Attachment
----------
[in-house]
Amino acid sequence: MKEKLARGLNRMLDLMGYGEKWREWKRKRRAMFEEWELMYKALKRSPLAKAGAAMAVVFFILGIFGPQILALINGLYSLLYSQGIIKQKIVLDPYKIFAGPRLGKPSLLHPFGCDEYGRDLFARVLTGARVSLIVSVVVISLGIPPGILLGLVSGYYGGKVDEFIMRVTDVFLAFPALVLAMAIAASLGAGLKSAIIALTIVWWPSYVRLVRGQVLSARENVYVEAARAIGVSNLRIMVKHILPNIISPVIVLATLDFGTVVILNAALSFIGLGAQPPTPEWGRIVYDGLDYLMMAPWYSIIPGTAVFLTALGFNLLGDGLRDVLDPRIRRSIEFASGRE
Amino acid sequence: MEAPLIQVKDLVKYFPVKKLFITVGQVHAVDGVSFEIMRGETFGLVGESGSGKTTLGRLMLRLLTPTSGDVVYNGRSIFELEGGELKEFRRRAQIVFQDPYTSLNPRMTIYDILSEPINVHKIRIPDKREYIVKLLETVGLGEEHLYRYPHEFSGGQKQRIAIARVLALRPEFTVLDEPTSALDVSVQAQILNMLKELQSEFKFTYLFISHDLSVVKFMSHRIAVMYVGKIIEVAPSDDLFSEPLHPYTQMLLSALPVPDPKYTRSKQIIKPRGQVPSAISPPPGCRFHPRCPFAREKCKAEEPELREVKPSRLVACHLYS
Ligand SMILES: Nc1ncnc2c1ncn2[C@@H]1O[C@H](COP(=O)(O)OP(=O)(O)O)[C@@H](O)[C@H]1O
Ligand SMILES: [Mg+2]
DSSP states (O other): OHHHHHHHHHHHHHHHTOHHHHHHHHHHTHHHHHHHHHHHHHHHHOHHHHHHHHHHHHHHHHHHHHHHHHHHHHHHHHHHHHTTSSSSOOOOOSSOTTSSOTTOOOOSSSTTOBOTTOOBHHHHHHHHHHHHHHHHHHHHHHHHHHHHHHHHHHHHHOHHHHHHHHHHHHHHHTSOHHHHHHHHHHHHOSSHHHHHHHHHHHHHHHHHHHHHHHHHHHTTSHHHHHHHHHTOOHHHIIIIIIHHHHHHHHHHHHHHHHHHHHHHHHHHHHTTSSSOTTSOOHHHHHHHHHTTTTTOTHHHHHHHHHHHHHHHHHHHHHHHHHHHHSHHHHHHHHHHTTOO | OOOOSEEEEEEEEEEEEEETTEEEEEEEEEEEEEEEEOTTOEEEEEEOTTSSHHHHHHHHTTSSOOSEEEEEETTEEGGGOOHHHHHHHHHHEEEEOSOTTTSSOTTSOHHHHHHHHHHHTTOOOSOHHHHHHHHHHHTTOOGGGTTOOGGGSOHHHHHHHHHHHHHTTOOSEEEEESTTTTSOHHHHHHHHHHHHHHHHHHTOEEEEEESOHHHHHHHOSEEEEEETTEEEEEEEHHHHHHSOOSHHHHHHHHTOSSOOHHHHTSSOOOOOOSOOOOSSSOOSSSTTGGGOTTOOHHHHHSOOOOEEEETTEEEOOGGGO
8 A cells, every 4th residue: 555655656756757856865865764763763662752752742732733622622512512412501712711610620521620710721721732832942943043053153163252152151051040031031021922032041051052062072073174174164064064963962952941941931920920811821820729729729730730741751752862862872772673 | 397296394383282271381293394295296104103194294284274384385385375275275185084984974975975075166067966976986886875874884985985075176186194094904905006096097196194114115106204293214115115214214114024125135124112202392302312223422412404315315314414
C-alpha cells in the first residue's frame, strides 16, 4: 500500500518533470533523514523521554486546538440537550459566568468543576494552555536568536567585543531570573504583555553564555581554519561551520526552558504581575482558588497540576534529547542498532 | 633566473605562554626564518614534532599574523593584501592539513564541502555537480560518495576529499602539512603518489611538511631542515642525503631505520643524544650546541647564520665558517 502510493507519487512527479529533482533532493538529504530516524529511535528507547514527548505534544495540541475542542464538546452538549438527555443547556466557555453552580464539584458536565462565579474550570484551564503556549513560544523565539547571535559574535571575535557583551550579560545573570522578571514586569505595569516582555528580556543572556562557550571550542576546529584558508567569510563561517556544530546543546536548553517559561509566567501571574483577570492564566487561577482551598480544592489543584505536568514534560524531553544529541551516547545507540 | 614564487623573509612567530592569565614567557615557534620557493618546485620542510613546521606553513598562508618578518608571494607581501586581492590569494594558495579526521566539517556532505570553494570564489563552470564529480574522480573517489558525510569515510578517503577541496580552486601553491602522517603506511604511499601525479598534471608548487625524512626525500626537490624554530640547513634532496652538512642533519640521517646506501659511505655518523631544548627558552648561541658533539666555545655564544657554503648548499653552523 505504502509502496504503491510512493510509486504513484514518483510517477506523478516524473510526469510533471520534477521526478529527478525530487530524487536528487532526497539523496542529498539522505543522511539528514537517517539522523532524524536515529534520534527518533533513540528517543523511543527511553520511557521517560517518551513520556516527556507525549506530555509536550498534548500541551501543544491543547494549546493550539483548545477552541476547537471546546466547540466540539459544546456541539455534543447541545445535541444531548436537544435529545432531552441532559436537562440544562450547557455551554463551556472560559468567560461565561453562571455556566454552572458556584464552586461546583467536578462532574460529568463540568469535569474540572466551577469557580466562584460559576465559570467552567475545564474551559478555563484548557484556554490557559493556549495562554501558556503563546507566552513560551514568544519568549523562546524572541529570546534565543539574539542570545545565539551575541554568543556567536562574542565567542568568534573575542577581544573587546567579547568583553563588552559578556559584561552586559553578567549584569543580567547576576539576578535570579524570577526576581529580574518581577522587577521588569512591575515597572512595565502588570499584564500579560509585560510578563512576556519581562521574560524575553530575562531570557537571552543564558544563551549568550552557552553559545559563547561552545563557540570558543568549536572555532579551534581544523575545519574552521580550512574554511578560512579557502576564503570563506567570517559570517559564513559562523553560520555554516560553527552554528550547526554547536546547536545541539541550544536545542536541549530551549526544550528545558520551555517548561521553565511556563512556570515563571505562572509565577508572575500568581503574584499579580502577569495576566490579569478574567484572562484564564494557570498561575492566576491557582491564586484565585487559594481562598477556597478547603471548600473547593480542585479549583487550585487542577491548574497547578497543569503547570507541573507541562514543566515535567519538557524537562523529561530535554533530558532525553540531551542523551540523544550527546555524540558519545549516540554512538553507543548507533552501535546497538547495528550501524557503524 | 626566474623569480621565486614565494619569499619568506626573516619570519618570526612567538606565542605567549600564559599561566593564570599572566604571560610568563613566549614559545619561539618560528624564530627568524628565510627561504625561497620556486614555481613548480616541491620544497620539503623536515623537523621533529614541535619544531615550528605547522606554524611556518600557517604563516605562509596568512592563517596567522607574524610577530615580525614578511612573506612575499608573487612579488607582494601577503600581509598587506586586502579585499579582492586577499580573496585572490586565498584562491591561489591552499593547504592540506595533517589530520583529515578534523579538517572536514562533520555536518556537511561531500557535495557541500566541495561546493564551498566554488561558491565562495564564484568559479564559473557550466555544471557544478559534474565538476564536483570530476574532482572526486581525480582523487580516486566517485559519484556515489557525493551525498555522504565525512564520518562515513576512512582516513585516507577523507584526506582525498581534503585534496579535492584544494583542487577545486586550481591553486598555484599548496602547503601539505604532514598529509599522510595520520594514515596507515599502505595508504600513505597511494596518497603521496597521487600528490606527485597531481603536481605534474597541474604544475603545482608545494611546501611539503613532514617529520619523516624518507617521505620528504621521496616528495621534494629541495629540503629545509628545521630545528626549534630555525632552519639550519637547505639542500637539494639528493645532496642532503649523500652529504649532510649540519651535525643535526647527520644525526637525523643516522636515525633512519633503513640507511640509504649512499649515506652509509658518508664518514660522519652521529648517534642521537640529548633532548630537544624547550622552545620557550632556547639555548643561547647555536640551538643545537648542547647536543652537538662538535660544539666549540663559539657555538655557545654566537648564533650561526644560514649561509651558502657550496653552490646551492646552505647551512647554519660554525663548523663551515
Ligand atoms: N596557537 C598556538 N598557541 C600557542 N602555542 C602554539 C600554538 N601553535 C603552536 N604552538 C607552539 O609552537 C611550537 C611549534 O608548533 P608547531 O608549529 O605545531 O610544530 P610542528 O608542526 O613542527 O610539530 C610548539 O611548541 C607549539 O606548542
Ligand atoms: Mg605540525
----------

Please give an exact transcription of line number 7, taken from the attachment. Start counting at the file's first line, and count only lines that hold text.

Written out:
8 A cells, every 4th residue: 555655656756757856865865764763763662752752742732733622622512512412501712711610620521620710721721732832942943043053153163252152151051040031031021922032041051052062072073174174164064064963962952941941931920920811821820729729729730730741751752862862872772673 | 397296394383282271381293394295296104103194294284274384385385375275275185084984974975975075166067966976986886875874884985985075176186194094904905006096097196194114115106204293214115115214214114024125135124112202392302312223422412404315315314414